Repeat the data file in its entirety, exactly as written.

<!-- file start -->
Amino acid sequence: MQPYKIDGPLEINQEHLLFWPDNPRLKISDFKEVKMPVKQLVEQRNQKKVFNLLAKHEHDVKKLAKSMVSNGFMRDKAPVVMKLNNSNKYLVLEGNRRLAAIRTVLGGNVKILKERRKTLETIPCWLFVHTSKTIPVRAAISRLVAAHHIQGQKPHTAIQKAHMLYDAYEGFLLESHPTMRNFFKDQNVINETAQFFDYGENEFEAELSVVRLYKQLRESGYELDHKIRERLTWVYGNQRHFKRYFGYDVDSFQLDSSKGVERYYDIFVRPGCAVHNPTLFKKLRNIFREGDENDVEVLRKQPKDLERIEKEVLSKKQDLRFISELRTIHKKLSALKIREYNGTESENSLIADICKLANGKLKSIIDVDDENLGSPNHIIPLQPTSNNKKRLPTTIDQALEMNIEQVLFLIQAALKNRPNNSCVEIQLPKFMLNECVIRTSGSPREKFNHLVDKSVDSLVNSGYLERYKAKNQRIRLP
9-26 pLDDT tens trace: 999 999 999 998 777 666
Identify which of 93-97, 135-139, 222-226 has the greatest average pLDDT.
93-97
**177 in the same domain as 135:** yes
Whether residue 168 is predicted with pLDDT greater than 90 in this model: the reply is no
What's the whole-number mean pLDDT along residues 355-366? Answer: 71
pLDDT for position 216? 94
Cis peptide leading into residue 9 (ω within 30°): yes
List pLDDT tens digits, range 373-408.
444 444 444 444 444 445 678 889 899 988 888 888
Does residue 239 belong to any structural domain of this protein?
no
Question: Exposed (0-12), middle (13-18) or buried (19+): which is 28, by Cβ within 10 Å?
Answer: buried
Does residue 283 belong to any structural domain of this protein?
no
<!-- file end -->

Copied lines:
Amino acid sequence: MQPYKIDGPLEINQEHLLFWPDNPRLKISDFKEVKMPVKQLVEQRNQKKVFNLLAKHEHDVKKLAKSMVSNGFMRDKAPVVMKLNNSNKYLVLEGNRRLAAIRTVLGGNVKILKERRKTLETIPCWLFVHTSKTIPVRAAISRLVAAHHIQGQKPHTAIQKAHMLYDAYEGFLLESHPTMRNFFKDQNVINETAQFFDYGENEFEAELSVVRLYKQLRESGYELDHKIRERLTWVYGNQRHFKRYFGYDVDSFQLDSSKGVERYYDIFVRPGCAVHNPTLFKKLRNIFREGDENDVEVLRKQPKDLERIEKEVLSKKQDLRFISELRTIHKKLSALKIREYNGTESENSLIADICKLANGKLKSIIDVDDENLGSPNHIIPLQPTSNNKKRLPTTIDQALEMNIEQVLFLIQAALKNRPNNSCVEIQLPKFMLNECVIRTSGSPREKFNHLVDKSVDSLVNSGYLERYKAKNQRIRLP
9-26 pLDDT tens trace: 999 999 999 998 777 666
Identify which of 93-97, 135-139, 222-226 has the greatest average pLDDT.
93-97
**177 in the same domain as 135:** yes
Whether residue 168 is predicted with pLDDT greater than 90 in this model: the reply is no
What's the whole-number mean pLDDT along residues 355-366? Answer: 71
pLDDT for position 216? 94
Cis peptide leading into residue 9 (ω within 30°): yes
List pLDDT tens digits, range 373-408.
444 444 444 444 444 445 678 889 899 988 888 888
Does residue 239 belong to any structural domain of this protein?
no
Question: Exposed (0-12), middle (13-18) or buried (19+): which is 28, by Cβ within 10 Å?
Answer: buried
Does residue 283 belong to any structural domain of this protein?
no